The Royal College of Obsteterics and Gynaecology, May 2013 has acknowledged chemical exposure as a risk factor to health babies: Dealing with potential, but Unproven, risks to Child Health.
The concept that maternal exposure to certain chemicals and drugs during pregnancy and lactation can have lasting negative effects on the health and well- being of the foetus or baby is not new. The effect of smoking, alcohol, certain medicines and illegal drugs are all well documented. Chemical exposure is well researched and known about but this is the first time it has been acknowledged by a Royal College as significant and something we should all be aware of.
It is increasingly recognised that the predisposition to some adult health disorders are determined by the quality of the baby’s development in the womb and soon after birth. The chances of getting adult diseases such as obesity, diabetes and heart disease have all been proven to be affected prenatally. So Mums that make a positive healthy life style choice during the planning and maintenance of pregnancy and breastfeeding are giving their baby a good start in life. But now there is the added consideration of chemical exposure.
Research has linked exposure to some chemicals in pregnancy to cause miscarriage, preterm birth, low birth weight, congenital defects, childhood morbidity, obesity, cognitive dysfunction, impaired immune system, asthma, early puberty, adult disease and morbidity mainly due to heart disease and cancer. It is also linked to fertility in both men and women and the impairment of testicular development.
However there is a lot of uncertainty about these chemicals as the effects may be small or insignificant on its own but then – there is an ‘accumulative factor’ and that is very hard to prove. We are also surrounded by so many chemicals it is hard to prove which ones to avoid and how much exposure you can have before it has a harmful effect.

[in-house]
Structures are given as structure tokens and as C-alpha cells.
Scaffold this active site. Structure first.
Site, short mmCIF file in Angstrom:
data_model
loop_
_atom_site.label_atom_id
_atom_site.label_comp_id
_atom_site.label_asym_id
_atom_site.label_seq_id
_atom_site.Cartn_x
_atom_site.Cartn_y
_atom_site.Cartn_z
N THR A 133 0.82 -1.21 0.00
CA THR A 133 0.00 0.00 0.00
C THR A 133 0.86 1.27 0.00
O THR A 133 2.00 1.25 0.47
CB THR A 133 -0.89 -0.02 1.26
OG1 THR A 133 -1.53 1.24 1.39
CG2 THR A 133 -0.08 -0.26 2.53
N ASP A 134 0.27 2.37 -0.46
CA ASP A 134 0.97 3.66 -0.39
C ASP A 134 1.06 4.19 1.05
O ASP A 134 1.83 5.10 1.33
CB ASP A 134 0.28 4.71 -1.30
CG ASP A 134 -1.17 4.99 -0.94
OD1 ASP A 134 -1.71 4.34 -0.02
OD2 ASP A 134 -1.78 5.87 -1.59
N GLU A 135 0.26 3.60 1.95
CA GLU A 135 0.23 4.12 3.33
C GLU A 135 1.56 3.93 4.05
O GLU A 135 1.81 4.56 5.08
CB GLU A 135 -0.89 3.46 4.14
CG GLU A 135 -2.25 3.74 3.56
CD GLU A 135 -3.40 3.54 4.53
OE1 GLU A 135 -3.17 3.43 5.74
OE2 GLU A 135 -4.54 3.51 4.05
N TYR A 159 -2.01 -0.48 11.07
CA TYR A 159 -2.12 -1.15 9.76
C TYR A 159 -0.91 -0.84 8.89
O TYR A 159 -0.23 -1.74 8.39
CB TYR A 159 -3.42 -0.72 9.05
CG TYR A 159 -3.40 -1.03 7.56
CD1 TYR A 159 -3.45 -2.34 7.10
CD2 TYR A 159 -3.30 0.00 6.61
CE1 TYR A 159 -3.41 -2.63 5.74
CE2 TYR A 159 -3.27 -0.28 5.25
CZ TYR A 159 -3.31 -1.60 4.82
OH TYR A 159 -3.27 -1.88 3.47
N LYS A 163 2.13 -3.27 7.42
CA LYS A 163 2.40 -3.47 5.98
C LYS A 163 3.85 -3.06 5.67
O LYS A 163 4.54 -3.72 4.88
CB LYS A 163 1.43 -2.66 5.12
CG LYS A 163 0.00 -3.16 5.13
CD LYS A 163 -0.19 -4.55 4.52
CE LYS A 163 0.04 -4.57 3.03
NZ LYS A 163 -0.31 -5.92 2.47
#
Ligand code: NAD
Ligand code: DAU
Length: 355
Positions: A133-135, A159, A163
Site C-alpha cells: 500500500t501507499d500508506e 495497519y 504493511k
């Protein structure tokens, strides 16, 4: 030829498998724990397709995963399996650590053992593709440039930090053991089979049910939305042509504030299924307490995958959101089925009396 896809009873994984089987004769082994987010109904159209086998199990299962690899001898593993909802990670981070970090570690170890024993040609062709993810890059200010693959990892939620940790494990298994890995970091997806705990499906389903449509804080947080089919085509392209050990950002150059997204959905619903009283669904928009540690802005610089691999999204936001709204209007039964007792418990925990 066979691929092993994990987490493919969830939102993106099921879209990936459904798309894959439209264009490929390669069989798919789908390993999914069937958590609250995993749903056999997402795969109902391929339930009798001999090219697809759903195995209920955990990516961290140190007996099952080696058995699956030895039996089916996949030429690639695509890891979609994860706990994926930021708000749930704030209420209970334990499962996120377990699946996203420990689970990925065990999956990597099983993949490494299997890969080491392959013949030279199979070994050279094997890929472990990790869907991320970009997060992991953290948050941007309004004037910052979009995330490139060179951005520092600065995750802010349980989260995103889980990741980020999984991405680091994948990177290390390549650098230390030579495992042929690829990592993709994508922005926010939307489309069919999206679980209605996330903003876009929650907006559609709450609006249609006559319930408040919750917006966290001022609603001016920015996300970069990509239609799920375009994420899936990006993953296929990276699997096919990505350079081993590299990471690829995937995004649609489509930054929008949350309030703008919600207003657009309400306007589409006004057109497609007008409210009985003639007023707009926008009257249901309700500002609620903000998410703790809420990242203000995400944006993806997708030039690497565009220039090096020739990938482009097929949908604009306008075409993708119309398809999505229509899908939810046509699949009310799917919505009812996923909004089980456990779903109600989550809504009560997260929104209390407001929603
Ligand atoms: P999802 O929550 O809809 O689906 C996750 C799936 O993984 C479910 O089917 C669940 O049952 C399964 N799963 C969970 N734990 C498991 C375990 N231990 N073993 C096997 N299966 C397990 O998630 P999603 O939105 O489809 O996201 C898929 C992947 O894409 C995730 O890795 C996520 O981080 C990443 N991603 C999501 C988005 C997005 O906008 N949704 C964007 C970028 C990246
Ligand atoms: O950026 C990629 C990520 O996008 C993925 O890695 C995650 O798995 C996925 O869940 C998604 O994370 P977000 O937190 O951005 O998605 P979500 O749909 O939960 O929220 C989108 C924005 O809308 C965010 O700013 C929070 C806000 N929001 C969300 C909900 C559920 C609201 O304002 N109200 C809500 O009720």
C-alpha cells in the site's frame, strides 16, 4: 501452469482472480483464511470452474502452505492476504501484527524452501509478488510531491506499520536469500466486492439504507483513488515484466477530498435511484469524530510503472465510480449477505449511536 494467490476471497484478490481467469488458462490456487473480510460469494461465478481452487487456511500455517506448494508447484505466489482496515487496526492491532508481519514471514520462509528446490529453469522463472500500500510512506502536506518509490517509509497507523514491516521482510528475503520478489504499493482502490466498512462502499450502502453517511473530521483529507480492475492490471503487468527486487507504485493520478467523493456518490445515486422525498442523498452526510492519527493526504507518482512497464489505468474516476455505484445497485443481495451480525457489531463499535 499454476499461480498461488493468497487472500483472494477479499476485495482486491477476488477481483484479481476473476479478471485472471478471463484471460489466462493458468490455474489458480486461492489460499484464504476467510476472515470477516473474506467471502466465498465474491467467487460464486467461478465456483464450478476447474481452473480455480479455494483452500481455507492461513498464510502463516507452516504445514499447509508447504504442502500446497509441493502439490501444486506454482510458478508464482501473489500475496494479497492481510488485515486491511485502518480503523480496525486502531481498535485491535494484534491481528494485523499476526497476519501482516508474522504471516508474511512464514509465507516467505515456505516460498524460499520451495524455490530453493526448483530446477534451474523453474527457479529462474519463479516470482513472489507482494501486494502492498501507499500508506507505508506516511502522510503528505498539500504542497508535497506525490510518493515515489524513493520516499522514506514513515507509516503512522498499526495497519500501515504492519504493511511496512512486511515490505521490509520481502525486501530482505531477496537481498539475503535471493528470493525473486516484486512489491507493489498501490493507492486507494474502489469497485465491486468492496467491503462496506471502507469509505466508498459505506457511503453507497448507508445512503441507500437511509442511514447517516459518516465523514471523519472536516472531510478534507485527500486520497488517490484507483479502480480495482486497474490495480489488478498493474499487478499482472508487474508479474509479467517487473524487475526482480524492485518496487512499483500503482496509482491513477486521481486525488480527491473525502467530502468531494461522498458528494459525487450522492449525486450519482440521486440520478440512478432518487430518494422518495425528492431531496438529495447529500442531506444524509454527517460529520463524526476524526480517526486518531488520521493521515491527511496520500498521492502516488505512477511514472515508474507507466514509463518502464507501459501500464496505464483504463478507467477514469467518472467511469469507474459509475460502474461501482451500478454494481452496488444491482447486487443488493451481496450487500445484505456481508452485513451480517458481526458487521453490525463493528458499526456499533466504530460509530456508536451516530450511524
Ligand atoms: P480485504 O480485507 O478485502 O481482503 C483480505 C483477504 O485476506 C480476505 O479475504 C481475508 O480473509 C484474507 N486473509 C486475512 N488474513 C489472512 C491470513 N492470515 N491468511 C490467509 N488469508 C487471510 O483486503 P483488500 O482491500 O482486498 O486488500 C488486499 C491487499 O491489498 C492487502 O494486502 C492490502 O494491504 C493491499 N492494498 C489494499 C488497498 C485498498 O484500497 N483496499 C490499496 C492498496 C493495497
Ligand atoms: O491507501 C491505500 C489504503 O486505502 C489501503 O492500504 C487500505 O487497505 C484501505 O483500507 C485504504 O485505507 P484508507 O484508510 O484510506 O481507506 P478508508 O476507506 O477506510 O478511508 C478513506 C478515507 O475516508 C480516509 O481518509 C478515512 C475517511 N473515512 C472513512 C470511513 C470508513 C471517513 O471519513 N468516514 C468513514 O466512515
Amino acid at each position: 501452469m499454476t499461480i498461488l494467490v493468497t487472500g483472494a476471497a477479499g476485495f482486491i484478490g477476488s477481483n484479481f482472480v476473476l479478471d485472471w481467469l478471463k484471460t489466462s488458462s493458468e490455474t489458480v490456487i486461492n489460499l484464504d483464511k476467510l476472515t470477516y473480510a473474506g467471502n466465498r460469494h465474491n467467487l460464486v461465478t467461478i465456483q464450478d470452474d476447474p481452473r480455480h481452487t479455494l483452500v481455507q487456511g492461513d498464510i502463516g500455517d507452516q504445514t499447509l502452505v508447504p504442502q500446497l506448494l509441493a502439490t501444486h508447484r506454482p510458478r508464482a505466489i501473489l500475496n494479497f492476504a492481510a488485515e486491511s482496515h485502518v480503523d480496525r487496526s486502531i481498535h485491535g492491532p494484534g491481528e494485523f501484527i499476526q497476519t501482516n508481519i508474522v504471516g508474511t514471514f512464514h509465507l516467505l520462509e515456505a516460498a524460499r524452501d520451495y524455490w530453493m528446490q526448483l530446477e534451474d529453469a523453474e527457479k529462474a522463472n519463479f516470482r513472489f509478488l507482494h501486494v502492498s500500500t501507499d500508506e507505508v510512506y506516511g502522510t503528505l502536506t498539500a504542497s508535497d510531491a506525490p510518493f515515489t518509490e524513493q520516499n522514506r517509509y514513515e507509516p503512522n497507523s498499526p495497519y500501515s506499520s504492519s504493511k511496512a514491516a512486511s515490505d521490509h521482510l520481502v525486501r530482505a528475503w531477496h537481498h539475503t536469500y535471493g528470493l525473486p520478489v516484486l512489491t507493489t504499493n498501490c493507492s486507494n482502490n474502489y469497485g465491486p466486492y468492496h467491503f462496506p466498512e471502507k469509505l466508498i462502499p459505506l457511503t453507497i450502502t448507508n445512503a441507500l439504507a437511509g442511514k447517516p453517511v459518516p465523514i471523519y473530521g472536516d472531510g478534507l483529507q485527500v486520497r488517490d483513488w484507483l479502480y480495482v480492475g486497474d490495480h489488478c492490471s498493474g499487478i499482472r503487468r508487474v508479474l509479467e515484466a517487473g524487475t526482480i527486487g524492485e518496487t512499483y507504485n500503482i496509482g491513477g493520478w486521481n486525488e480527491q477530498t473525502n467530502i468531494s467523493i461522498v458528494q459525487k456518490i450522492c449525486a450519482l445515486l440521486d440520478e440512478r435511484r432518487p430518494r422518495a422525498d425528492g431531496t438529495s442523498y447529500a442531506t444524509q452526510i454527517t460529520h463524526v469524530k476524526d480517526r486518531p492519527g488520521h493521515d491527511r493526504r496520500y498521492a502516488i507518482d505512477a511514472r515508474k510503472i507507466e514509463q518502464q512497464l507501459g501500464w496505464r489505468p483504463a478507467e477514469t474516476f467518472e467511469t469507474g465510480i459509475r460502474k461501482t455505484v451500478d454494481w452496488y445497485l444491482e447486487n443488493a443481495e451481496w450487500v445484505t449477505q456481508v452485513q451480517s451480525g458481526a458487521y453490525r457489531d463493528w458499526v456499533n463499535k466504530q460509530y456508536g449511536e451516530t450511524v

Some of us are also more sensitive or susceptible to these chemicals than others which also make research and advice harder.
The chemicals in questions are:
bisphenol A in drinks and food cans
Phthalate esters in food wraps, plastics, carpets, fabrics, personal care products and glues
Polycyclic aromatic hydrocarbons (PAHs) – in the air we breathe from burning products such as cigarette smoke, barbeques and bonfires.
Accumulation of heavy metals (mercury and lead) in fish like tuna, shark and shellfish – it is now recommended to have oily fish just once a week if pregnant or breastfeeding rather than twice a week.
A lot of pesticides and toxins are often stored in fat cells such as those in fatty meats and oily fish.
Eating fresh fruit and vegetables is strongly recommended even though they will contain some pesticide residue. Foods can be contaminated from the handling equipment used in food packaging and chemicals can leach from the food packaging and containers or from cans into the food and drinks.